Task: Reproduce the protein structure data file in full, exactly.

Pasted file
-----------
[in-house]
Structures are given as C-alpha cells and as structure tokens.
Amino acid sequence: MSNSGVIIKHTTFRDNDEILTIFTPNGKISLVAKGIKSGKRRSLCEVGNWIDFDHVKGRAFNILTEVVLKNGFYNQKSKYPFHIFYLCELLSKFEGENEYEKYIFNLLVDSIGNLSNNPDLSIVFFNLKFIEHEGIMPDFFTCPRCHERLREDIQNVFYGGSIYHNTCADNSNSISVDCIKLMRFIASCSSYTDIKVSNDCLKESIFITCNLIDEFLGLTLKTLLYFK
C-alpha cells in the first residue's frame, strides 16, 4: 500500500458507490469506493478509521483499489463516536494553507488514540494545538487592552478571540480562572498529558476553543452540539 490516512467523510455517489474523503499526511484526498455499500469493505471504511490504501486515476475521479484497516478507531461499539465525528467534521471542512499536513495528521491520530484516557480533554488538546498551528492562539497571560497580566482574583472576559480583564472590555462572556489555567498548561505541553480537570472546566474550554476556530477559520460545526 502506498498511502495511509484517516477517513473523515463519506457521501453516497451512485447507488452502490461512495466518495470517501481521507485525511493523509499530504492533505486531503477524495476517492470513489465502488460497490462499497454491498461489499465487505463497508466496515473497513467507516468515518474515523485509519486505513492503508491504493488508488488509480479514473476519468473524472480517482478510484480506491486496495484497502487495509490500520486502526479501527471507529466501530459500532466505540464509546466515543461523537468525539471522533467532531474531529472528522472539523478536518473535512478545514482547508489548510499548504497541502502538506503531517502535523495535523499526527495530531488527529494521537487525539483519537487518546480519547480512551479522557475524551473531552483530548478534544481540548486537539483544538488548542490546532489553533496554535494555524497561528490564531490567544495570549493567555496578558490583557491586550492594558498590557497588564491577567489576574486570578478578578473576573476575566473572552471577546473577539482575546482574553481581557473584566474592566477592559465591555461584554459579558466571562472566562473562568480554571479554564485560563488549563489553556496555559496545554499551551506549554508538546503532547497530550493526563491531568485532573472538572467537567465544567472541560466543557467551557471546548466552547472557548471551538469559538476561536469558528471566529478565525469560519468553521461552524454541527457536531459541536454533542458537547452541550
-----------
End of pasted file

[in-house]
Structures are given as C-alpha cells and as structure tokens.
Amino acid sequence: MSNSGVIIKHTTFRDNDEILTIFTPNGKISLVAKGIKSGKRRSLCEVGNWIDFDHVKGRAFNILTEVVLKNGFYNQKSKYPFHIFYLCELLSKFEGENEYEKYIFNLLVDSIGNLSNNPDLSIVFFNLKFIEHEGIMPDFFTCPRCHERLREDIQNVFYGGSIYHNTCADNSNSISVDCIKLMRFIASCSSYTDIKVSNDCLKESIFITCNLIDEFLGLTLKTLLYFK
C-alpha cells in the first residue's frame, strides 16, 4: 500500500458507490469506493478509521483499489463516536494553507488514540494545538487592552478571540480562572498529558476553543452540539 490516512467523510455517489474523503499526511484526498455499500469493505471504511490504501486515476475521479484497516478507531461499539465525528467534521471542512499536513495528521491520530484516557480533554488538546498551528492562539497571560497580566482574583472576559480583564472590555462572556489555567498548561505541553480537570472546566474550554476556530477559520460545526 502506498498511502495511509484517516477517513473523515463519506457521501453516497451512485447507488452502490461512495466518495470517501481521507485525511493523509499530504492533505486531503477524495476517492470513489465502488460497490462499497454491498461489499465487505463497508466496515473497513467507516468515518474515523485509519486505513492503508491504493488508488488509480479514473476519468473524472480517482478510484480506491486496495484497502487495509490500520486502526479501527471507529466501530459500532466505540464509546466515543461523537468525539471522533467532531474531529472528522472539523478536518473535512478545514482547508489548510499548504497541502502538506503531517502535523495535523499526527495530531488527529494521537487525539483519537487518546480519547480512551479522557475524551473531552483530548478534544481540548486537539483544538488548542490546532489553533496554535494555524497561528490564531490567544495570549493567555496578558490583557491586550492594558498590557497588564491577567489576574486570578478578578473576573476575566473572552471577546473577539482575546482574553481581557473584566474592566477592559465591555461584554459579558466571562472566562473562568480554571479554564485560563488549563489553556496555559496545554499551551506549554508538546503532547497530550493526563491531568485532573472538572467537567465544567472541560466543557467551557471546548466552547472557548471551538469559538476561536469558528471566529478565525469560519468553521461552524454541527457536531459541536454533542458537547452541550